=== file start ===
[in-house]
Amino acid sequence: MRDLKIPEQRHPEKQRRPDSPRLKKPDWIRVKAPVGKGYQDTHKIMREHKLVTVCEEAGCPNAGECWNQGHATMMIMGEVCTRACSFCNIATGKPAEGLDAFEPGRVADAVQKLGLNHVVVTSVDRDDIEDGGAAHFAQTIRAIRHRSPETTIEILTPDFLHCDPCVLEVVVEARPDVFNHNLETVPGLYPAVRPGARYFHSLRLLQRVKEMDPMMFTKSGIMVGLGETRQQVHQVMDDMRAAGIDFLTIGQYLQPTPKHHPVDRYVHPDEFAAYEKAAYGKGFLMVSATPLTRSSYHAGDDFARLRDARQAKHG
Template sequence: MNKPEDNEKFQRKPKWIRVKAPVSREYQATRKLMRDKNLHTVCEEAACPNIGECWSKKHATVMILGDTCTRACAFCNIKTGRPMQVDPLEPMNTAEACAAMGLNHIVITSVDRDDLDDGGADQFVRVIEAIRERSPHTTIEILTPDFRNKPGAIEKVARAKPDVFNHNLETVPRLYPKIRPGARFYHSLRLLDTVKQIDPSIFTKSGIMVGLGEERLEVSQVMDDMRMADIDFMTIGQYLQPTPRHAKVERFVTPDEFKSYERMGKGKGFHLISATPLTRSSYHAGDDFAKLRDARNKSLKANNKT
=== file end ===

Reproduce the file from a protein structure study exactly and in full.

[in-house]
Amino acid sequence: MRDLKIPEQRHPEKQRRPDSPRLKKPDWIRVKAPVGKGYQDTHKIMREHKLVTVCEEAGCPNAGECWNQGHATMMIMGEVCTRACSFCNIATGKPAEGLDAFEPGRVADAVQKLGLNHVVVTSVDRDDIEDGGAAHFAQTIRAIRHRSPETTIEILTPDFLHCDPCVLEVVVEARPDVFNHNLETVPGLYPAVRPGARYFHSLRLLQRVKEMDPMMFTKSGIMVGLGETRQQVHQVMDDMRAAGIDFLTIGQYLQPTPKHHPVDRYVHPDEFAAYEKAAYGKGFLMVSATPLTRSSYHAGDDFARLRDARQAKHG
Template sequence: MNKPEDNEKFQRKPKWIRVKAPVSREYQATRKLMRDKNLHTVCEEAACPNIGECWSKKHATVMILGDTCTRACAFCNIKTGRPMQVDPLEPMNTAEACAAMGLNHIVITSVDRDDLDDGGADQFVRVIEAIRERSPHTTIEILTPDFRNKPGAIEKVARAKPDVFNHNLETVPRLYPKIRPGARFYHSLRLLDTVKQIDPSIFTKSGIMVGLGEERLEVSQVMDDMRMADIDFMTIGQYLQPTPRHAKVERFVTPDEFKSYERMGKGKGFHLISATPLTRSSYHAGDDFAKLRDARNKSLKANNKT